The Rancho-Relaxo wings had an interesting sauce to them. Different, but not particularly my favorite. I could take or leave them.

My personal favorite were the Greek wings. They had a lemon pepper taste to them that was invigorating. I could not stop myself from grabbing more and I actually felt a little sad when they were all gone. It was the most memorable part of my meal and in the future I would be sure to order these wings again.

Overall, Beer O’ Clock is a decent pub with some delicious and cheap wings. Perfect for a college student and someone who wants to spend some times in a sports bar without spending too much cash. I would return again for their wing night in the future. I invited some other friends who came later at night (past 9PM) but found the wings sold out so make sure you head early if you’re planning to eat dinner there.

Restaurant Name: Beer O’ Clock

Cuisine: Pub grub

Neighborhood: Sinchon, Itaewon

Address: Seodaemoon Gu, Changchun Dong 52-53 2nd floor

Phone Number: (02) 3339733

Website: http://www.beeroclock.ca/

Carlos Eats Seoul: Visiting Taco Bell (타코벨) in Sinchon (신촌동) during their grand opening

It was hard to miss Taco Bell on their Grand Opening Day in Sinchon (신촌동) last Friday. Employees walked around with signs pointing towards the restaurant and a man dressed as a taco greeted and waved at people walking through the city. Music played outside the store and employees outside gave away free tacos or soft drinks to visitors just for stopping by (this reminded me of the Panda Express grand opening at USF earlier this year). Some girls were in love with the taco bell man and the amount of buzz seemed to be marketing working its magic.

I was one of the lucky ones who won a taco and I literally jumped up and down when I won. The employees at the booth were very friendly certainly did their part to make visitors feel more welcomed.

This scene looked familiar. The menu items were a little different, but mostly just the same items you will find in the U.S.A. with different combinations of items.  I decided to order Combo #3 (called sets in Korea) for around 5,000 won, which consists of a Crunchwrap Supreme and nachos with a soda. There was an electronic television to the side showing Americans eating tacos and burritos. The turn-around time was quite short and before I knew it I was heading to the drink machine to pick my beverage. The good thing about Taco Bell in Korea is the prices are actually similar to the prices in the United States and not marked up (Burger King being my prime example).

This is a sight you will rarely see in South Korea. Most fast food places (even McDonald’s and Burger King) remove the self-serve beverage machines when they enter foreign markets. Essentially it means you get less for your buck, though it is probably healthier to have less soda. Regardless, I was excited to use this machine I had not seen since my arrival (with the exception of Shake N’ Burger in SK Global House at Yonsei – meh) and quickly poured myself some Mountain Dew. Oddly, there is no Mountain Dew Baja Blast in Korea (my favorite flavor and one of the main reasons to go to Taco Bell in the U.S.A.!). I hope Taco Bell Korea will consider bringing this flavor to Seoul if their new stores succeed.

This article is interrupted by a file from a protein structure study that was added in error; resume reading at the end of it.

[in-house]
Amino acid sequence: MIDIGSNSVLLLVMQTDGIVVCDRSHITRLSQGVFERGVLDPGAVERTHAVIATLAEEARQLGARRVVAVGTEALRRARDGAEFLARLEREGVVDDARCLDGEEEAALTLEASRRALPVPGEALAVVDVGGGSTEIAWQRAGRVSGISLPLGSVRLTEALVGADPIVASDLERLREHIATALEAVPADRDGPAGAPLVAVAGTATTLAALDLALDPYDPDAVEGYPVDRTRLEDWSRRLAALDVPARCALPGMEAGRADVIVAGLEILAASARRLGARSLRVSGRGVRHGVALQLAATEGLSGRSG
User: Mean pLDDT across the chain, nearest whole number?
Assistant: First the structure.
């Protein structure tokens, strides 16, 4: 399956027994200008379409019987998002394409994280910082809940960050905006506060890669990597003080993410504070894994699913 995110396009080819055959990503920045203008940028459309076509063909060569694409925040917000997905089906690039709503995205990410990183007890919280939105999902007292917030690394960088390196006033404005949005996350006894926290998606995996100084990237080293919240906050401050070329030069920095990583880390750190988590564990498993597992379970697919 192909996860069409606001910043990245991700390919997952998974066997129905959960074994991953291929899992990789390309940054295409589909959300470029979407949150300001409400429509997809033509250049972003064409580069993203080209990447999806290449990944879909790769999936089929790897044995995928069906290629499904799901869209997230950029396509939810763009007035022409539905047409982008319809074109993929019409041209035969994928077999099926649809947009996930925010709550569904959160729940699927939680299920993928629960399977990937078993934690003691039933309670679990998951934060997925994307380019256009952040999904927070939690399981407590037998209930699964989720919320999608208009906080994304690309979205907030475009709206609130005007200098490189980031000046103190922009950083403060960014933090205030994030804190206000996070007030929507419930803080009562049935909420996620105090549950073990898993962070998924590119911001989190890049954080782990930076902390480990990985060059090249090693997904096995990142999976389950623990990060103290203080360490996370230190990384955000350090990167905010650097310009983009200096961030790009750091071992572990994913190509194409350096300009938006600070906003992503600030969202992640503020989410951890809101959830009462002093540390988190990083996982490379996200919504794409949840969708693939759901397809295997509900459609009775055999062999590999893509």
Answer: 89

Like most fast food chains and coffee shops in Seoul, Taco Bell is 3 stories high and has plenty of seating arrangements on the second floor that overlooks Sinchon. It makes fast food seem so much fancier when you compare it to the Taco Bell locations in the United States that are so uncomfortable that you are almost always inclined to make an order to-go. There are even comfortable booths you can relax in at fast food chains in Korea.

The taco itself tasted remarkably similar to the ones in the United States. The shell was slightly less crunchy, but the cheese tasted better. The meat and other ingredients were the same. The Crunchwrap Supreme was as tasty as in the U.S.A. and was oozing out cheese.  They supplied you with 2 sauces of your choice (I normally go with mild) and the taste was slightly different, but similar. The nachos were average and the cheese dip was satisfactory. Overall, a cheap and enjoyable fast food meal and cheaper than most competitors in Korea.

Restaurant Name: Taco Bell (타코벨)

Location: Sinchon (신촌동)

Cuisine: Mexican

Website: http://www.tacobellkorea.com/

Facebook: http://www.facebook.com/pages/Taco-Bell-Korea/194679020581660

Twitter: http://twitter.com/#!/theboldchoice